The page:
We categorised the available non-metastatic BC management pathways from French national CPGs (additional file 2) into 20 criteria (Additional file 3). These criteria were used to assess compliance with the care process for each patient according to the six steps defined. Each criterion was classified into three levels of compliance: (C) compliance with CPGs; (J) justifiable non-compliance, i.e., not strictly compliant but documented justification due to the patient's general status, preference or a change during the course of care management (for example, chemotherapy interruption related to adverse effects) or other factors; (NC) non-compliance with CPGs and no justification available in the patient's medical record. For each criterion, the conditions needed to define three-level compliance were defined by a specific questionnaire sent to the relevant experts (surgeon, pathologist, radiologist, chemotherapist and radiation oncologist); moreover, these definitions were agreed upon by each expert. For example, we defined the type of breast and lymph node surgery recommended for different tumour sizes (< 1 cm, 1-3 cm, and >3 cm). Finally, the entire expert group reached a consensus on the description of criteria with particular attention to the justifiable category.
To measure the appropriateness of medical decisions, we also defined compliance with criteria which included therapeutic decisions as opposed to diagnostic or organisational elements (criteria 1, 2, 6, 15, 18, 20). Moreover, we studied both the clinical decisions for treatment and therapeutic procedures of the least compliant therapeutic steps (criteria 6-14). In addition to assessing the 20 criteria, overall treatment compliance (clinical decisions for treatment and therapeutic procedures) with CPGs was determined for each patient. This depended on the compliance with criteria 1-20 of clinical care. Because we modelled the probability of non-compliance, the overall treatment sequence compliance was coded '0' if all therapeutic clinical decisions for treatment and therapeutic procedures were compliant (C) or justifiable (J), and '1' if at least one of these was not compliant with standards (NC).
Explanatory variables were selected from the literature review and related to the patient and her social status [1, 14, 15], to the tumour [6, 7, 15–18] and to the healthcare system [1, 6–8]. Patients' characteristics were analysed by age (< 50, 50-69, ≥70), educational level (less than high-school diploma, at least high-school diploma), cohabitation status (living alone, living with other(s)), menopausal status (pre- or postmenopausal). Tumour characteristics were analysed by localisation (central, medial/lateral, several quadrants), nodal status (negative, positive), histological tumour size (≤10 mm, 11-30 mm, >30 mm), hormonal receptor status (oestrogen or progesterone receptors positive, both receptors negative), lymph node and peritumoural vascular invasion (presence/absence), histological grade (I, II, III). Tumour staging was recorded according to the American Joint Committee on Cancer classification . Variables related to the healthcare system were sector of care (public, private, both), surgical hospital status (teaching, non-teaching) and region where patients underwent surgery. Given that variations in care across practices has been documented previously in France , we suspected that non-compliance could vary across the LCUs (15 Units) and thus considered this variable when evaluating non-compliance with CPGs.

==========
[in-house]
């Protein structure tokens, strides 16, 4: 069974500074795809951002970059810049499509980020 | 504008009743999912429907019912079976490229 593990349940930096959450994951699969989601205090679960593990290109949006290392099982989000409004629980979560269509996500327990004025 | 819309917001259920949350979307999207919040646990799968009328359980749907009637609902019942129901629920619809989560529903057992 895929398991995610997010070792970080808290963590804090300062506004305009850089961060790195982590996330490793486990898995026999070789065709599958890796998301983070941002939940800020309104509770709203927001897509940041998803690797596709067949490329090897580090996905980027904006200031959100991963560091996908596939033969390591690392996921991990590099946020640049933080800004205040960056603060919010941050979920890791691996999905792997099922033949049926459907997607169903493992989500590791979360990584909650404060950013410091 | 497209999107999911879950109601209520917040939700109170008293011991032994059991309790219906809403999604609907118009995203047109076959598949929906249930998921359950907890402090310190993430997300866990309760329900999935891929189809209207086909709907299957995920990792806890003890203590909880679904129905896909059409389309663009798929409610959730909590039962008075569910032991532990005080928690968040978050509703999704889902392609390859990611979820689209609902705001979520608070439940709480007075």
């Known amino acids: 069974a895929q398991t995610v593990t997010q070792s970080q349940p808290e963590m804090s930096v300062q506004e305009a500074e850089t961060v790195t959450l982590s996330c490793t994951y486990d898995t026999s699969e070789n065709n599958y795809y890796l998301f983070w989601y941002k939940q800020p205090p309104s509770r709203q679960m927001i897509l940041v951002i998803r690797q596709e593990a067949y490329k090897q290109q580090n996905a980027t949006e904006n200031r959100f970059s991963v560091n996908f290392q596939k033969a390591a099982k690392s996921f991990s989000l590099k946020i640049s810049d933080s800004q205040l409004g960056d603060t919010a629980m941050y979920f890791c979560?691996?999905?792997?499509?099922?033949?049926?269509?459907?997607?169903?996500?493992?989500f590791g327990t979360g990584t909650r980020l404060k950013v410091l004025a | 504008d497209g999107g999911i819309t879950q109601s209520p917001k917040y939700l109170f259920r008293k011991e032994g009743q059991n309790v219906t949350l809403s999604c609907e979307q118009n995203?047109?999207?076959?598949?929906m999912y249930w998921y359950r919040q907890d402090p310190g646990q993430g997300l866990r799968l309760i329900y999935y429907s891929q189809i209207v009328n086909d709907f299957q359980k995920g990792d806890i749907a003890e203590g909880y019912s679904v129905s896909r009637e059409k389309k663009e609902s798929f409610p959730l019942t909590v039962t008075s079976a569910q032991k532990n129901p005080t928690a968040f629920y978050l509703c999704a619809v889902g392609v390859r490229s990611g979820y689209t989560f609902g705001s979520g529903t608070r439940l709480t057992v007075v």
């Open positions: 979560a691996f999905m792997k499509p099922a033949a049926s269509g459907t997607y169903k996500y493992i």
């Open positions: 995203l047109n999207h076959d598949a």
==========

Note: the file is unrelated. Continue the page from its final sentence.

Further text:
We examined factors associated with non-compliance with CPGs. Aside from the LCU, all variables were first fitted in univariate logistic regression models. Variables significant in the univariate analyses (p < 0.20), as well as relevant clinical variables, were then fitted in a classical multivariate logistic model . This process was independently repeated for each outcome variable: non-compliance regarding 1) clinical decision for treatment, 2) radiotherapy, 3) overall treatment sequence.
As the compliance of many patients at the same LCU could depend on local management practices, we expected data clustering to occur at the level of the LCU. We thus relied on a mixed-effect model by including a random effect in our classical multivariate model . By doing so, the LCUs were assumed to give rise to another source of random variation in addition to the residual variation left unexplained by the fixed-effect variables. The resulting mixed-effect model accommodated for correlations within LCUs, or similarly, heterogeneity of non-compliance between LCUs. We tested this heterogeneity of practices across LCUs by comparing the mixed-effect model to the initial classical logistic model using the likelihood ratio test (LRT) . We reported odds ratios (OR) with their 95% confidence intervals (95% CI) and performed all statistical analyses with the SAS 8.2 software.
Description of breast cancer population (926 patients)
Less than baccalaureate (secondary-school diploma)
Baccalaureate or higher
Medial or lateral
Stage 0 and 1
Histological size (mm)
Hormonal receptor status
At least one receptor positive
Two receptors negative
Peritumoural vascular invasion
Care sector itinerary
Both (public and private)
Status of surgical hospital
Region of surgery